Technology, Management and Budget
FOR IMMEDIATE RELEASE
September 16, 2020
Caleb Buhs, firstname.lastname@example.org or 517-282-6018
LANSING, Mich. -- Michigan’s seasonally adjusted unemployment rate was unchanged over the month, remaining at 8.7 percent in August, according to data released today by the Michigan Department of Technology, Management & Budget. Employment advanced by 93,000, while the number of unemployed inched up by 7,000. The state workforce rose by 99,000 over the month.
The national unemployment rate fell by 1.8 percentage points between July and August to 8.4 percent. Michigan’s August rate was three-tenths of a percentage point above the U.S. rate. Over the year, the Michigan jobless rate jumped by 4.7 percentage points, matching the national rate gain.
“Recalls of laid-off workers continued in Michigan in August, but at a slower pace than in the last few months,” said Jason Palmer, director of the Bureau of Labor Market Information and Strategic Initiatives. “Total payroll jobs rose by 55,000 in August, well below the average advance of 180,000 per month from May through July.”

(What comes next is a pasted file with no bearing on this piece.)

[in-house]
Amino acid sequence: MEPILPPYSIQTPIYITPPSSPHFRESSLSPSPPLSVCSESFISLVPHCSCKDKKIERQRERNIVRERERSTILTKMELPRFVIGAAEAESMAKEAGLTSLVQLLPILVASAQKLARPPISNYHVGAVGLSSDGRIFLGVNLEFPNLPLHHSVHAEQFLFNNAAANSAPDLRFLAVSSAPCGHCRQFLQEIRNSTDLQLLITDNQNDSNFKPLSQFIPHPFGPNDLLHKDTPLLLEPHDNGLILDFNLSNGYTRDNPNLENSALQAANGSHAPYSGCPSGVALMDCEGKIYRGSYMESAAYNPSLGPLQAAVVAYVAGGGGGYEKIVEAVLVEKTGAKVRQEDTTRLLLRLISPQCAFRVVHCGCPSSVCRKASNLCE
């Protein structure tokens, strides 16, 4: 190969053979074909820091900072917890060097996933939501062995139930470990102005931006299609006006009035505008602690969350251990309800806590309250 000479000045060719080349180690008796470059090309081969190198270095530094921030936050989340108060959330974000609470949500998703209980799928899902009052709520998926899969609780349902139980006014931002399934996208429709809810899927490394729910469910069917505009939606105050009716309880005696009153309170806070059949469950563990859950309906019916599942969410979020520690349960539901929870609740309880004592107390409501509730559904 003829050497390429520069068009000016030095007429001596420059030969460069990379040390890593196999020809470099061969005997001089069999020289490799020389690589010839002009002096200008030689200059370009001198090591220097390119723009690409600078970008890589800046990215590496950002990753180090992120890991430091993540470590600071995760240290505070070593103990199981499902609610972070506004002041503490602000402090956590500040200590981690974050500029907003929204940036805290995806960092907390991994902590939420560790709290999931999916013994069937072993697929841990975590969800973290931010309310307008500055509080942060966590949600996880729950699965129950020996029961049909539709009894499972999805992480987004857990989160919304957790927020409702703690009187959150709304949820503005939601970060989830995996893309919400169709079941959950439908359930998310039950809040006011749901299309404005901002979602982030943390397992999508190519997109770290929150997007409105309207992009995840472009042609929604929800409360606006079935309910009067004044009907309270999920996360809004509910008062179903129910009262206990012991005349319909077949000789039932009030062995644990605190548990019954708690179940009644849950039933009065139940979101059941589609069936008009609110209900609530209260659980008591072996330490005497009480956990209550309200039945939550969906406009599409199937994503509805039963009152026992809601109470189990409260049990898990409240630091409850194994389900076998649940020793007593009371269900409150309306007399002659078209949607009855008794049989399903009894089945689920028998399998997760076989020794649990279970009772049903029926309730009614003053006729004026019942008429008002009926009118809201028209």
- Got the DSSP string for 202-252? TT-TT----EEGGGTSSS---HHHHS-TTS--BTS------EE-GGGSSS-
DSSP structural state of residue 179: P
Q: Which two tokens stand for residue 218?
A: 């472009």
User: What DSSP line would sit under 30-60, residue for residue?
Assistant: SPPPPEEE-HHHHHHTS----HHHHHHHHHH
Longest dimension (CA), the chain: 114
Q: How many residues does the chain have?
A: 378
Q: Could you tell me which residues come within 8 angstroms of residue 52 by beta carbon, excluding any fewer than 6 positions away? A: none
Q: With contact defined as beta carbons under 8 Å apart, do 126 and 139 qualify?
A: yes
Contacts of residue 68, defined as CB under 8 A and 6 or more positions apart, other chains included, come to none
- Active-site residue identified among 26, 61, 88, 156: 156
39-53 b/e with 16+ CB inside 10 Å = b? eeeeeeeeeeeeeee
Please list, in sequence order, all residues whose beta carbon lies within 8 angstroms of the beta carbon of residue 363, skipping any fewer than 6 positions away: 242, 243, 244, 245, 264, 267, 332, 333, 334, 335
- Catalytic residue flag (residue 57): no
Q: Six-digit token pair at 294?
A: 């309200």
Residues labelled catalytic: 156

Monthly labor force trends and highlights
Detroit metropolitan area jobless rate moves up in August
The Detroit-Warren-Dearborn Metropolitan Statistical Area’s (MSA) seasonally adjusted jobless rate rose by 0.3 percentage points to 9.6 percent in August. Employment increased by 47,000 over the month, and unemployment also moved up (+13,000). The Detroit MSA labor force advanced by 58,000 during August.
Over the last four months, total employment in the region averaged 365,000 below the February 2020 pre-pandemic level.
The Detroit MSA jobless rate rose by a significant 5.4 percentage points since August 2019. Over the past year, employment fell by 200,000, and unemployment had a large hike of 109,000.
Michigan job levels advance in August
The monthly survey of employers indicated that seasonally adjusted jobs moved up by 55,000 over the month, or 1.4 percent, to 3,994,000 in August.
Employment advances were observed in most major industry sectors. The most pronounced numerical August nonfarm job gain was seen in government (+15,000). Federal government employment expanded in August due to the hiring of temporary census workers. Additionally, both state and local government jobs advanced as schools began early hiring for the fall semester, and jobs rose among cities and townships.
Industry employment trends and highlights
For more detailed information, including data tables, view the full release